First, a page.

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anonymous

  • 4 years ago

Find the equation of a line containing the given point and having the given slope. (2,8), m=5/4 y=___x+___ I'm having problems with the fractions themselves.

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  1. anonymous
    • 4 years ago
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    Using the line-slope notation, we can say that \(\Large y = mx + c\). We have x, y and m, so can we work out c?

  2. anonymous
    • 4 years ago
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    y=5/4x+11/2

  3. anonymous
    • 4 years ago
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    I was going more for the concept than the answer, 14yamaka.

  4. anonymous
    • 4 years ago
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    c=y-mx

  5. anonymous
    • 4 years ago
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    sorry :S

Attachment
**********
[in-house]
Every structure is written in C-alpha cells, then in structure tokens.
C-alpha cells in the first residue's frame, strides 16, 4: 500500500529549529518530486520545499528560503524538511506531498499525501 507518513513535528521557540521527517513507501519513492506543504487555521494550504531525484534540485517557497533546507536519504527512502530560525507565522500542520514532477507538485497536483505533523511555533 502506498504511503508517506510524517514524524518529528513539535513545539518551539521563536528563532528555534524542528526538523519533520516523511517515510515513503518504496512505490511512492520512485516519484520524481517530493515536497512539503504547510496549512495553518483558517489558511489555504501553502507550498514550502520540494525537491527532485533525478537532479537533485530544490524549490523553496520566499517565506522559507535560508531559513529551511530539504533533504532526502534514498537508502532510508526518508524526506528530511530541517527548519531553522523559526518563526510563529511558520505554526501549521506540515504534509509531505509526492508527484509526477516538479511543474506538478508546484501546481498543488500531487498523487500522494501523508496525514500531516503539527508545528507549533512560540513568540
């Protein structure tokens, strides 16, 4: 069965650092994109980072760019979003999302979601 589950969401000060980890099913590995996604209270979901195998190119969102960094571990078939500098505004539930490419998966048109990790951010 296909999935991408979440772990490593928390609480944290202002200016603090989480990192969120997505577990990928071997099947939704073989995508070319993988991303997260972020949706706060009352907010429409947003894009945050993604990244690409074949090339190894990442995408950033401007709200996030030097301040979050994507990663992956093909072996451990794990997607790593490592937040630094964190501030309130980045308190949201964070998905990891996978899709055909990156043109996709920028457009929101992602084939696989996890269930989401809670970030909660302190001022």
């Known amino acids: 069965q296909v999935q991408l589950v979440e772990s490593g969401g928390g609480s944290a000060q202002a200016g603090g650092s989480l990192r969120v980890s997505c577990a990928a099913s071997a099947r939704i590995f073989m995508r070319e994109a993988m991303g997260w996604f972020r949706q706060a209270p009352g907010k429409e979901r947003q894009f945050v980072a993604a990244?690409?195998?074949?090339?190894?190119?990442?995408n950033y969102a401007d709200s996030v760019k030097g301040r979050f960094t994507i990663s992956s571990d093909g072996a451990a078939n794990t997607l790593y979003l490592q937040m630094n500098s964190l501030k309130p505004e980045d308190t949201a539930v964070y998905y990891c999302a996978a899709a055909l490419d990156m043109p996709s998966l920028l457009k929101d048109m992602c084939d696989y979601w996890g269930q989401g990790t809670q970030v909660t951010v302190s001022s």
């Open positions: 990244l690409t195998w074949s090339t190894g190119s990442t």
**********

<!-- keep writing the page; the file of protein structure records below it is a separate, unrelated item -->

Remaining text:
6. anonymous
    • 4 years ago
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    \[y-y_1 = m(x-x_1) \] if I remember from A-Levels lol. So we have \[y-8 = \frac{5}{4}(x-2)\] \[y = \frac{5}{4}x +8- \frac{10}{4}\] \[y=\frac{5}{4}x +\frac{11}{2}\]

  7. anonymous
    • 4 years ago
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    Thanks, guys. Those pesky fractions. Looks like I am really going to have to brush up on my basics. :(

  8. anonymous
    • 4 years ago
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    The derivation of the equation I quoted comes from the general fact that \[m = \frac{y_2-y_1}{x_2-x_1}\] which can be proved easily once one knows the definition of gradient (distance up divided by distance along). We let \[(x_2,y_2)\] be an arbitrary point, and in doing this we can find the gradient of ANY line via: \[m = \frac{y-y_1}{x-x_1}\] which we rearrange to get the equation I began my last answer to...

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